Sacrificing Company Culture Puts Market Share at Risk

Recognize This: Commitment to your company culture cannot rise and fall with economy.

During the recession, many companies took harsh actions they likely had no choice but to do. But many others took similar actions out of fear or even greed.

Those who were able to stay the course, however, are now working from a much stronger economic position today. For example, Panera Bread’s Executive Chairman and Founder Ronald Shaich explained their approach:

“We've continued to invest in labor in our caf├ęs and the quality of our people. We've invested in the quality of the food. When everybody pulled back and we did more, the difference between us and our competitors went up. And we've been taking market share. We had near double-digit [same-store sales] for over a year now. The stock has tripled in the recession.

By staying the course in its commitment to its culture – the behaviors and actions that make the company work – Panera Bread is now taking the lead in its industry, even through a recession. This is not surprising, based on research I’ve written about before:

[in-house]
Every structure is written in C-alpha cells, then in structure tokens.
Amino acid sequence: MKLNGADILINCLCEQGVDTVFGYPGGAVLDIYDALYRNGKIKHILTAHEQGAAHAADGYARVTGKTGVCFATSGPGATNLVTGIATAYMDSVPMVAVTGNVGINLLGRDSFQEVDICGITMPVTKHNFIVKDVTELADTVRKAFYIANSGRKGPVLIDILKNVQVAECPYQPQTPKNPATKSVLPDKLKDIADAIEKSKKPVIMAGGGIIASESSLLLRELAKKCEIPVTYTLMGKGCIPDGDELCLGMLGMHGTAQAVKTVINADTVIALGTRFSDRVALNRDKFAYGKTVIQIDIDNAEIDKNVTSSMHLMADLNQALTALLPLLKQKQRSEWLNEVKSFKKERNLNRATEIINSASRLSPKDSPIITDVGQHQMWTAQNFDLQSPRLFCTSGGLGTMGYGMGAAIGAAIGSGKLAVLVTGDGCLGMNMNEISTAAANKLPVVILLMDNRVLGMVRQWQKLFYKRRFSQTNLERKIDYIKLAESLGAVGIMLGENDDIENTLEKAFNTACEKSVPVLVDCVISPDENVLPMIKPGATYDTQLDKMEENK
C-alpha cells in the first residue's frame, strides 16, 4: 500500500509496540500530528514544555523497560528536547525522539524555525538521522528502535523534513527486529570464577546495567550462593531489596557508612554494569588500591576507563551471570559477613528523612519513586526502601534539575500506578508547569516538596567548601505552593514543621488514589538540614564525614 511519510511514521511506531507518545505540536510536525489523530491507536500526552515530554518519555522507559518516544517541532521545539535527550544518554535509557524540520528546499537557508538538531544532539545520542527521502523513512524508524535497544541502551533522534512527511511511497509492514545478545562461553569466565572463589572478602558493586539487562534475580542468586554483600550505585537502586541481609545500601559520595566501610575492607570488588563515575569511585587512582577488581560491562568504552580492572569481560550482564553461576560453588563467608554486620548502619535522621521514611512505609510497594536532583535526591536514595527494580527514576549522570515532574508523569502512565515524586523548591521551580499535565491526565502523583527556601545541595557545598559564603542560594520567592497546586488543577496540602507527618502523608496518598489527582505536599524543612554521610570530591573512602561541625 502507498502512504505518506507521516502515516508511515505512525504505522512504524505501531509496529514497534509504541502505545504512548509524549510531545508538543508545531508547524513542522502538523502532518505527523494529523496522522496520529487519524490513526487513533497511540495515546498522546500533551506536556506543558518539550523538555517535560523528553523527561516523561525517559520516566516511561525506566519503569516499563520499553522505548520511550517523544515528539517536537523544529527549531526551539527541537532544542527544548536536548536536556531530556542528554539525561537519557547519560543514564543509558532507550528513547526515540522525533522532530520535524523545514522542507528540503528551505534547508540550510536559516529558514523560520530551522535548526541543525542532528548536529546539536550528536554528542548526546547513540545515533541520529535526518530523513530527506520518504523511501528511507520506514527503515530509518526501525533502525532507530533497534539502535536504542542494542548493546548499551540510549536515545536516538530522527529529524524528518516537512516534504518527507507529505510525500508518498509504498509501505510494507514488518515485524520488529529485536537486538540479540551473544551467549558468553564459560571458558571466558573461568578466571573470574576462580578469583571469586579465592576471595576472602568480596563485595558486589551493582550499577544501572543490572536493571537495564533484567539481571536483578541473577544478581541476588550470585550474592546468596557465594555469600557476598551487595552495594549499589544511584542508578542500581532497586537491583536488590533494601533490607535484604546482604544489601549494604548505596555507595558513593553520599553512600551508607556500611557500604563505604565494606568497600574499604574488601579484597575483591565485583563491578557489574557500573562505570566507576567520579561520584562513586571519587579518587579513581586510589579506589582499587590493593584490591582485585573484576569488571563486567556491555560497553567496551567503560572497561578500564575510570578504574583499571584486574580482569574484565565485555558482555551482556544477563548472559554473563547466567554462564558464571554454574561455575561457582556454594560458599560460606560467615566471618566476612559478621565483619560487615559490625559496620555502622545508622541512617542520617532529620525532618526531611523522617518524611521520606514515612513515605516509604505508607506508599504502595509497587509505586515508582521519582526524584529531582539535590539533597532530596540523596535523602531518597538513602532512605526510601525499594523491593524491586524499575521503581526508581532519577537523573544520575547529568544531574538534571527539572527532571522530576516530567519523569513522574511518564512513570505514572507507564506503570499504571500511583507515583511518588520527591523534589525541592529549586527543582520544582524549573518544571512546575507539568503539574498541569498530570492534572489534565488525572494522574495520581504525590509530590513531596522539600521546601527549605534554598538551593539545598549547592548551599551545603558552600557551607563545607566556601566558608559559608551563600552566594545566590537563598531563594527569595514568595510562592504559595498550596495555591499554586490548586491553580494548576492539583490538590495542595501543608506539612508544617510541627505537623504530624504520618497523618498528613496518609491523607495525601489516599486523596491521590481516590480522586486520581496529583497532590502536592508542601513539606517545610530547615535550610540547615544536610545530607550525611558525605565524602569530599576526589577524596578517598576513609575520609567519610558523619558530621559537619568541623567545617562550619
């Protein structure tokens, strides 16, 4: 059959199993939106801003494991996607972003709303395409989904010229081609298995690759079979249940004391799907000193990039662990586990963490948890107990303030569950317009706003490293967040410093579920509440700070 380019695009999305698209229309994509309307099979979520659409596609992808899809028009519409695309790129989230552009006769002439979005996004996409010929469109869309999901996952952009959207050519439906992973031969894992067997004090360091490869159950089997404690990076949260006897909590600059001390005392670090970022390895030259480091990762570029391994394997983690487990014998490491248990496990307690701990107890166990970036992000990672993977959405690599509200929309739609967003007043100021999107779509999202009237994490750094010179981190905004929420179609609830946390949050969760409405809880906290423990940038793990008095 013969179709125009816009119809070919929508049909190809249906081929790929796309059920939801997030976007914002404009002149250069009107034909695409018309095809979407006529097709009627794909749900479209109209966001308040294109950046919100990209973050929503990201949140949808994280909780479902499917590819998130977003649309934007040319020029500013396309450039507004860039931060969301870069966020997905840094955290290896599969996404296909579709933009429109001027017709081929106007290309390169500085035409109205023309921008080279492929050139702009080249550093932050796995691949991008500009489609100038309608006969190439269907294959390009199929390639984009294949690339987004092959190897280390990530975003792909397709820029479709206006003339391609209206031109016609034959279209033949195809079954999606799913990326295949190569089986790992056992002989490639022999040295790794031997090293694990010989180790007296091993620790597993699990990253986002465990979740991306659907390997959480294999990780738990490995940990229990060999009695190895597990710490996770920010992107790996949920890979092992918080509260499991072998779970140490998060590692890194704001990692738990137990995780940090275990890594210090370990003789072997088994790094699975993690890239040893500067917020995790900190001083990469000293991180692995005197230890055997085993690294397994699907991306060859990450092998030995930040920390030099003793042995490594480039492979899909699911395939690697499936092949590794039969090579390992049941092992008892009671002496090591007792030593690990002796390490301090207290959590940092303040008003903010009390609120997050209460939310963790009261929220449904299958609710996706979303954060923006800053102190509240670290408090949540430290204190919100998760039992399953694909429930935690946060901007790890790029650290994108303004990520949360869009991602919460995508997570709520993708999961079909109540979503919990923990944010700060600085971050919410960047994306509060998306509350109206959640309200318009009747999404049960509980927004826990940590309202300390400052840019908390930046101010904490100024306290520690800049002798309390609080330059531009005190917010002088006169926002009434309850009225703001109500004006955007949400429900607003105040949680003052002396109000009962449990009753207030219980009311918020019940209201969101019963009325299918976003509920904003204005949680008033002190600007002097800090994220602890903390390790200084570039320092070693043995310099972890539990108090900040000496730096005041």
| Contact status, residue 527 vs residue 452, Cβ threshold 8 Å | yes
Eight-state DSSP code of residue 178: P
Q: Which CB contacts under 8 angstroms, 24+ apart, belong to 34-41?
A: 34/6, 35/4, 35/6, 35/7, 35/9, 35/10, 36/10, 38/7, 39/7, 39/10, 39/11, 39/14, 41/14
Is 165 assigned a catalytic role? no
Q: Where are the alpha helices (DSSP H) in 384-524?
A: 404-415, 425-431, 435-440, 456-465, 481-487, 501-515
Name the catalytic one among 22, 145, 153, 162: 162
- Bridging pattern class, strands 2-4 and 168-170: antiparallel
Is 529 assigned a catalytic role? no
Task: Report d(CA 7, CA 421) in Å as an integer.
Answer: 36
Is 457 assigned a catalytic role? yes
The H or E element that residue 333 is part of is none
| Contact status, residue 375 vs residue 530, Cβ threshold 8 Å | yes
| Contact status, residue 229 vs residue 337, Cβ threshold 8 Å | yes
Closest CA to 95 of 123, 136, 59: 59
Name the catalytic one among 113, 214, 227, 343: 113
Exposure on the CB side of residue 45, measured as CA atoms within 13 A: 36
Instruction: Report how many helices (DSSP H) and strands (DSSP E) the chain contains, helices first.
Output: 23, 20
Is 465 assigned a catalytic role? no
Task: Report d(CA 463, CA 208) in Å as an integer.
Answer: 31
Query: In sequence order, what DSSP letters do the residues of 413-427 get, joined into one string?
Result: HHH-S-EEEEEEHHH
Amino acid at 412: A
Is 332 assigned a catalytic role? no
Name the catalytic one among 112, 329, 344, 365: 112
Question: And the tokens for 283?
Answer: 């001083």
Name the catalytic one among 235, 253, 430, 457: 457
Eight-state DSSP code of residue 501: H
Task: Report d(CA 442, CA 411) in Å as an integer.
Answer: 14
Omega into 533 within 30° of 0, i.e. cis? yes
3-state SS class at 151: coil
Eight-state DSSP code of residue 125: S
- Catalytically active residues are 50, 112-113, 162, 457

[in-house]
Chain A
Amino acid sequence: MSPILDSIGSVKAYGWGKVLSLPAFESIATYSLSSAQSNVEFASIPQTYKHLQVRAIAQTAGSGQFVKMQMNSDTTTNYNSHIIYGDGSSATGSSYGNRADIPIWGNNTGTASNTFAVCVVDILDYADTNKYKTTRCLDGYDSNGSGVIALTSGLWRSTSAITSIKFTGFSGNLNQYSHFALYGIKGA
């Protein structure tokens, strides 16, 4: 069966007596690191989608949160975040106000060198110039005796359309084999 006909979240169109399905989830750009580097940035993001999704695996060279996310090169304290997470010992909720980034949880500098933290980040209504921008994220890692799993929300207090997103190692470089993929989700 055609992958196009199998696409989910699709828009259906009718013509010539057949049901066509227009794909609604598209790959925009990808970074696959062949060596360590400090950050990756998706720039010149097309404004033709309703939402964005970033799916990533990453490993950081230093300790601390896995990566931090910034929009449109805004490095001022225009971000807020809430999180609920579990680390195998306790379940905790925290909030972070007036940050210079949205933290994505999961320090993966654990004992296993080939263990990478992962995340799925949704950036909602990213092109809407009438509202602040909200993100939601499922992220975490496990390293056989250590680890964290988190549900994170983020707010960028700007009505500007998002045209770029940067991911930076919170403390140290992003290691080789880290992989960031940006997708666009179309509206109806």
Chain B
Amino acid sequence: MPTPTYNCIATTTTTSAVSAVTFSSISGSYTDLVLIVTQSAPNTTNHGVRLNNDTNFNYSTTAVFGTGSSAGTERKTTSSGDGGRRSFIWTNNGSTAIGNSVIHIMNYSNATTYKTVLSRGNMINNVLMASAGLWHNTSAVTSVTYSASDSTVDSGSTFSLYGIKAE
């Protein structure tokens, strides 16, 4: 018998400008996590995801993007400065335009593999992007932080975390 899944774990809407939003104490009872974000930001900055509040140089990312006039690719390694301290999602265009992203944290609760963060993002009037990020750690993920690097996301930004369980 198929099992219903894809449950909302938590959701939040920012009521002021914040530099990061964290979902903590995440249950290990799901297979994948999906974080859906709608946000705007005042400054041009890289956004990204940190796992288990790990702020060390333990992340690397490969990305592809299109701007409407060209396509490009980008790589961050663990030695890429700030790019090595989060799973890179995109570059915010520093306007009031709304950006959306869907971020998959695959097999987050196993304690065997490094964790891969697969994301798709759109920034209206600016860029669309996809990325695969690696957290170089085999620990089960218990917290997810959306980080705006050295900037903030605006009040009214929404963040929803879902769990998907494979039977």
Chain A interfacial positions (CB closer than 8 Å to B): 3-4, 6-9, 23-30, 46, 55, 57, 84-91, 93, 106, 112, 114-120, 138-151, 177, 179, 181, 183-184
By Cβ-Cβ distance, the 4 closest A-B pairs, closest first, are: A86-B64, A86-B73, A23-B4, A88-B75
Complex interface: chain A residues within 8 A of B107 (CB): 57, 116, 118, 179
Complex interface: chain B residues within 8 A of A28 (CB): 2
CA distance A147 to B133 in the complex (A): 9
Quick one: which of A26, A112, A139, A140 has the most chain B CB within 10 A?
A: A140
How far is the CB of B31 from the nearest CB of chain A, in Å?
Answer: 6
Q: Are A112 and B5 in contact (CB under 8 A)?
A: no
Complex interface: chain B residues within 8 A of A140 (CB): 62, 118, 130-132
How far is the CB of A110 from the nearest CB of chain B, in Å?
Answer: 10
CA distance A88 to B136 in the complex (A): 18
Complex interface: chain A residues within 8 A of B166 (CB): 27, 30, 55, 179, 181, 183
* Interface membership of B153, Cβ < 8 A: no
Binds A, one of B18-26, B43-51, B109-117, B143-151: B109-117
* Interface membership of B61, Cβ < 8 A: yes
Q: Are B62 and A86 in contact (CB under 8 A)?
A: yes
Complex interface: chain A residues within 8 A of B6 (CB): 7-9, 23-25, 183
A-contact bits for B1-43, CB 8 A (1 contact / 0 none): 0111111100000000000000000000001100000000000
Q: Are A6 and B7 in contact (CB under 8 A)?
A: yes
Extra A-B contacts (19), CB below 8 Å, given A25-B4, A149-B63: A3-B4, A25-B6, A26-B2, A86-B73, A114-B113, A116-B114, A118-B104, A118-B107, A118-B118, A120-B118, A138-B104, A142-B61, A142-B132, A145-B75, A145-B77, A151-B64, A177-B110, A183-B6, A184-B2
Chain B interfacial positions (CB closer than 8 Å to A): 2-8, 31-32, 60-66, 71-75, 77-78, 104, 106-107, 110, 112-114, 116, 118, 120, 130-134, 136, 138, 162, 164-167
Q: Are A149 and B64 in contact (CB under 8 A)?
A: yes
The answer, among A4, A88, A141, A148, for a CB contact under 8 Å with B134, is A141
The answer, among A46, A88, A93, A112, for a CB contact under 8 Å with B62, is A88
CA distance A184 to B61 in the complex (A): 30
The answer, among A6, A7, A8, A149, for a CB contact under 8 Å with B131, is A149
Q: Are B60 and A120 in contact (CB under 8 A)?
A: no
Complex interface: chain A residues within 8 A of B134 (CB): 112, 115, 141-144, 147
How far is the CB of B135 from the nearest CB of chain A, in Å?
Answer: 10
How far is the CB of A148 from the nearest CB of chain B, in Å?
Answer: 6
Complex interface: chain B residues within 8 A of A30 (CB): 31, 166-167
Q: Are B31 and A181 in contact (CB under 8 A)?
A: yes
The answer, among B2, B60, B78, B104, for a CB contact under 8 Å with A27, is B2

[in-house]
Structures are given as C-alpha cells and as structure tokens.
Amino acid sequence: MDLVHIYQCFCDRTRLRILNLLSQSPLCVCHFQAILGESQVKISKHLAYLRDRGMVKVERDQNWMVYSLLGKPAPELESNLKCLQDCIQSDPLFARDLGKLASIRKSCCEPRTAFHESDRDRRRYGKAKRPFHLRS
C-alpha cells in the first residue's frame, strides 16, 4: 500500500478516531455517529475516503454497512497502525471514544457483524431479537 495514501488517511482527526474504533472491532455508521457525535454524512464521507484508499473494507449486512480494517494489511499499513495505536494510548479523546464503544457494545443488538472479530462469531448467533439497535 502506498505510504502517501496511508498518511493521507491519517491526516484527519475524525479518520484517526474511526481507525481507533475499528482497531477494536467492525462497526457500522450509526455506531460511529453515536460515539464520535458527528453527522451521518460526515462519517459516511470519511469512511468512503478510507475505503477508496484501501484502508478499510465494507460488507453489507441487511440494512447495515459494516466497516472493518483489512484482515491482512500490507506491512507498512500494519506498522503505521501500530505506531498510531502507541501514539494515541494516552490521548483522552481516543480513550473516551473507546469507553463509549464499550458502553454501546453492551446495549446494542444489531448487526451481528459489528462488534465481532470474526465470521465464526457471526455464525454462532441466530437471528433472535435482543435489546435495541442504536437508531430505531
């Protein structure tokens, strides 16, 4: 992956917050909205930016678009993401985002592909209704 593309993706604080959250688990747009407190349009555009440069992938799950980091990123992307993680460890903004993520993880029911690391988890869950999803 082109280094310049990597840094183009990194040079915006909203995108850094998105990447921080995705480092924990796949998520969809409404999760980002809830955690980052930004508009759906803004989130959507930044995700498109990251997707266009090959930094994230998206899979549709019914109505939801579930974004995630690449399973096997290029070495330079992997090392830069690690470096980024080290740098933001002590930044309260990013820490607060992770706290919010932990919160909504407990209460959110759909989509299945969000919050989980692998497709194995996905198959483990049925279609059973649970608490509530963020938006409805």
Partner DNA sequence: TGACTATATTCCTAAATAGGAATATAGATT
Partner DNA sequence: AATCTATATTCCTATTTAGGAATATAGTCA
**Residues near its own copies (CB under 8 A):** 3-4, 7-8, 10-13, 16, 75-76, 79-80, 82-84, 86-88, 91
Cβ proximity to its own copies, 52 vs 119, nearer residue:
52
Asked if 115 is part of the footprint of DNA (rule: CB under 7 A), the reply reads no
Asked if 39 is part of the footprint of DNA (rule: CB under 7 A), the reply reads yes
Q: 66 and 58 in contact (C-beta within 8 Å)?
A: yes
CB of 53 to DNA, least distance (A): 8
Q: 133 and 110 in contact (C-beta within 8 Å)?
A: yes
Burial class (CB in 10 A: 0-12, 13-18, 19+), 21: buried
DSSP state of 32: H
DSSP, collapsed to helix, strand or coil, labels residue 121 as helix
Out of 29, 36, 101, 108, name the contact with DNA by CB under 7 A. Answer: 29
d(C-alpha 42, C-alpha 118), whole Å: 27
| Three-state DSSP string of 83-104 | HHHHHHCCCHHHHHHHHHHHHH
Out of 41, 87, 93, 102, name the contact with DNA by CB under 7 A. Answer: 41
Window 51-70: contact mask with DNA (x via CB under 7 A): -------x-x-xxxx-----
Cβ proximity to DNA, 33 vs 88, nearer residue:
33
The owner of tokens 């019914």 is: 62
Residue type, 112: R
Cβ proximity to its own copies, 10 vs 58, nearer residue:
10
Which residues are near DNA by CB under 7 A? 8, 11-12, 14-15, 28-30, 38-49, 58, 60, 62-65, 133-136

“With extreme downsizes (in workforce) in the long term, companies really do suffer relative to competitors in the same industry facing the same sets of economic conditions. Extreme downsizers are companies that cut their workforce by more than 20 percent. … Most of them lag their industry for as long as nine years after a recession.”

Can you afford to lose market position for 9 years? Did your company take drastic (or even moderate) actions in the recession? What effects are you seeing in your colleagues? Do you see any improvement as the economy improves or are the effects lingering?

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